In 2004, Mel Gibson shocked the world with his depiction of the final hours of Jesus with the religious posturing of The Passion of the Christ. His next project, Apocalypto, was to be even more ambitious. Spoken entirely in Yukatek and depicting a pre-Colombian civilization before any contact with Europeans, Apocalypto had great potential to explore a world never before visited in the cinema.
The trailer indicated that could’ve been the case. It was creepy and ominous, but most of all visual and exotic. It’s a pity there are only a couple of scenes in the actual movie that convey that sense of wonder. Most of the movie is just a tame narrative lacking in imagination and bristling with historical inaccuracies and racism.
The plot is not simplistic, but it is a complete waste of an opportunity to show something really new. Mel Gibson and screenwriter Farhad Safinia not only conform to the most formulaic story elements of the American cinema, their script does not even deliver as a satisfying action-adventure. If that is the premise, there’s something fundamentally wrong here. If you are making a film about a pre-Colombian civilization and a culture that has been so far neglected by most mainstream art forms, is action the genre you really want to go with?
We are presented with a Mayan village and their inhabitants, mostly hunters. Exposition follows in the most trivial manner – a group of hunters taunting a fellow who has marital problems. The comedy here is probably intended to endear viewers, but it seems like a cheap way out, instead of providing us with something that would be really interesting.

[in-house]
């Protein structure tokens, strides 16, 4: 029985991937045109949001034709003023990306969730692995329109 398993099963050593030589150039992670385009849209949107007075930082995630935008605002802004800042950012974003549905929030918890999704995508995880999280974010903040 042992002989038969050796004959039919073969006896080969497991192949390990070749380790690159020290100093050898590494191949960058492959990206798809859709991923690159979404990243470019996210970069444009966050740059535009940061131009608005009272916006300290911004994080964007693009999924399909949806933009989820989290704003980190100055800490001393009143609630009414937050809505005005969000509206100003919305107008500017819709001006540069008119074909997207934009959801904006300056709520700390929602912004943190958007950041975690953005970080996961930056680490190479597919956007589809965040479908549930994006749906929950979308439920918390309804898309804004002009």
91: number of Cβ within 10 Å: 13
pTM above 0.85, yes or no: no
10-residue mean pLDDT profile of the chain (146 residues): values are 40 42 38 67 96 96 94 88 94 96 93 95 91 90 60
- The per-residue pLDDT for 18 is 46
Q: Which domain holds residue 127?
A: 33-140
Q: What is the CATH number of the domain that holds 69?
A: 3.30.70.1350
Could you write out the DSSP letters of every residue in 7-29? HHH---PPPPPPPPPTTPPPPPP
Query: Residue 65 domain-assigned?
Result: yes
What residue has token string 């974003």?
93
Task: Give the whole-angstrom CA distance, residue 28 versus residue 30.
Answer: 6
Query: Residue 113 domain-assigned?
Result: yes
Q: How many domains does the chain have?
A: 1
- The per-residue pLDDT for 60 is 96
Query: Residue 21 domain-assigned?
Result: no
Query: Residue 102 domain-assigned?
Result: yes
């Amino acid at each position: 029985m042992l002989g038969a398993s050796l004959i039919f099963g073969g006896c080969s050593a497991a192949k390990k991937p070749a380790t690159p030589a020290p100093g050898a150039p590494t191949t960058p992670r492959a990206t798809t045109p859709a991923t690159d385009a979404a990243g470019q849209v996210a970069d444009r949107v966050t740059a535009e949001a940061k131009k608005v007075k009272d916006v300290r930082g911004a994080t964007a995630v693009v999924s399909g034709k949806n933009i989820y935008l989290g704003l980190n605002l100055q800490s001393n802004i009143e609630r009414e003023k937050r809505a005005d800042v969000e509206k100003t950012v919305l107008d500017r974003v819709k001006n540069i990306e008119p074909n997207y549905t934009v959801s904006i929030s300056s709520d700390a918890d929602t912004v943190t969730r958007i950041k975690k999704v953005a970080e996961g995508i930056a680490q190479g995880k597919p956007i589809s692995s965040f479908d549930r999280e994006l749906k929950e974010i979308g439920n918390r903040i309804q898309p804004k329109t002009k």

Apart from them speaking Yukatek and the fact that they’re almost naked, there is nothing to indicate that these are Mesoamerican Indians. We have no sense of their culture, values, hopes and dreams.
The village is seized by another group of Mayans, this time much more civilized. What they gain in technology they lose in morality, as they are portrayed as heartless and sadistic, killing all the women and children and taking the men to their city. Our hero, Jaguar Paw (Rudy Youngblood) manages to hide his family in a pit in the hope he can come back to rescue them. The sequence in the city is the only reason to see the movie, as it shows what Apocalypto could have been if Gibson had wanted it to.
The Mayan city is visually exuberant, a marvel in production design. The Mayan aesthetic and architecture is as strange to us as anything in a science fiction movie, and probably even more alienating, since we still retain a sense of this being a culture that actually existed in the remote past. It is beautiful, confusing, and terrifying at the same time, and for ten or so minutes the film lets itself be completely descriptive. For the first time we see what is most important in a film about ancient cultures: culture.
Unfortunately, barbarism is not the absence of culture; quite the opposite. The urban Mayans are highly immoral and have seized the men from Jaguar Paw’s village only to sacrifice them. The biggest flaw of the film is not its excessive violence, as many have noted, but choosing to tell Jaguar Paw’s story over that of the Mayan civilization.
The very elements that should have been the focus become only background to what quickly becomes an action film. The last fifty minutes or so of film is a cat and mouse chase in the jungle, complete with fights, a jaguar, and traps. Two particular scenes resemble scenes from Mission Impossible II.
The ominous title reminds us that this is a time of revelation and possibly the end. It doesn’t seem appropriate at all until the very last scene, which I will not discuss. That scene, along with the title, suggest heavily that Apocalypto propounds to be a very serious movie about civilizations rather than people. Somewhere along the line, however, Mel Gibson decided that the fate of one not particularly notorious man is of more interest than that of a whole civilization.